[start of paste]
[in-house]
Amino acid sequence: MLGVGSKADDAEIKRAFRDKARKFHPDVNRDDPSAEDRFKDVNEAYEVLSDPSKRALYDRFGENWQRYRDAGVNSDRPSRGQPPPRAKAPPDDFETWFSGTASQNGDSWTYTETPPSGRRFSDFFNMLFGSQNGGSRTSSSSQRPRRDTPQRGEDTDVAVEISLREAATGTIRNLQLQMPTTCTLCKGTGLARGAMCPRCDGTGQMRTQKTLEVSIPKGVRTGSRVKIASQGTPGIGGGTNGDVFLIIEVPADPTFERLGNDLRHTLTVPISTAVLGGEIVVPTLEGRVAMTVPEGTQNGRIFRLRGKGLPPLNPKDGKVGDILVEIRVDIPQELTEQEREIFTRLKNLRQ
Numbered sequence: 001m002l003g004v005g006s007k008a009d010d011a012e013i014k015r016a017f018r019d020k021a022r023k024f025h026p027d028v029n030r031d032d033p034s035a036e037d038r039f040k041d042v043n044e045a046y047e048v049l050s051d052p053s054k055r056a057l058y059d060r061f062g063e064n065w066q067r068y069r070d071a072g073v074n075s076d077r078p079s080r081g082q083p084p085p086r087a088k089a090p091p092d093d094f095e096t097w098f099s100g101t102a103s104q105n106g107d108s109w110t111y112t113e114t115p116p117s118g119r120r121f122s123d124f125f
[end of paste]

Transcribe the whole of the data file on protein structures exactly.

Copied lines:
[in-house]
Amino acid sequence: MLGVGSKADDAEIKRAFRDKARKFHPDVNRDDPSAEDRFKDVNEAYEVLSDPSKRALYDRFGENWQRYRDAGVNSDRPSRGQPPPRAKAPPDDFETWFSGTASQNGDSWTYTETPPSGRRFSDFFNMLFGSQNGGSRTSSSSQRPRRDTPQRGEDTDVAVEISLREAATGTIRNLQLQMPTTCTLCKGTGLARGAMCPRCDGTGQMRTQKTLEVSIPKGVRTGSRVKIASQGTPGIGGGTNGDVFLIIEVPADPTFERLGNDLRHTLTVPISTAVLGGEIVVPTLEGRVAMTVPEGTQNGRIFRLRGKGLPPLNPKDGKVGDILVEIRVDIPQELTEQEREIFTRLKNLRQ
Numbered sequence: 001m002l003g004v005g006s007k008a009d010d011a012e013i014k015r016a017f018r019d020k021a022r023k024f025h026p027d028v029n030r031d032d033p034s035a036e037d038r039f040k041d042v043n044e045a046y047e048v049l050s051d052p053s054k055r056a057l058y059d060r061f062g063e064n065w066q067r068y069r070d071a072g073v074n075s076d077r078p079s080r081g082q083p084p085p086r087a088k089a090p091p092d093d094f095e096t097w098f099s100g101t102a103s104q105n106g107d108s109w110t111y112t113e114t115p116p117s118g119r120r121f122s123d124f125f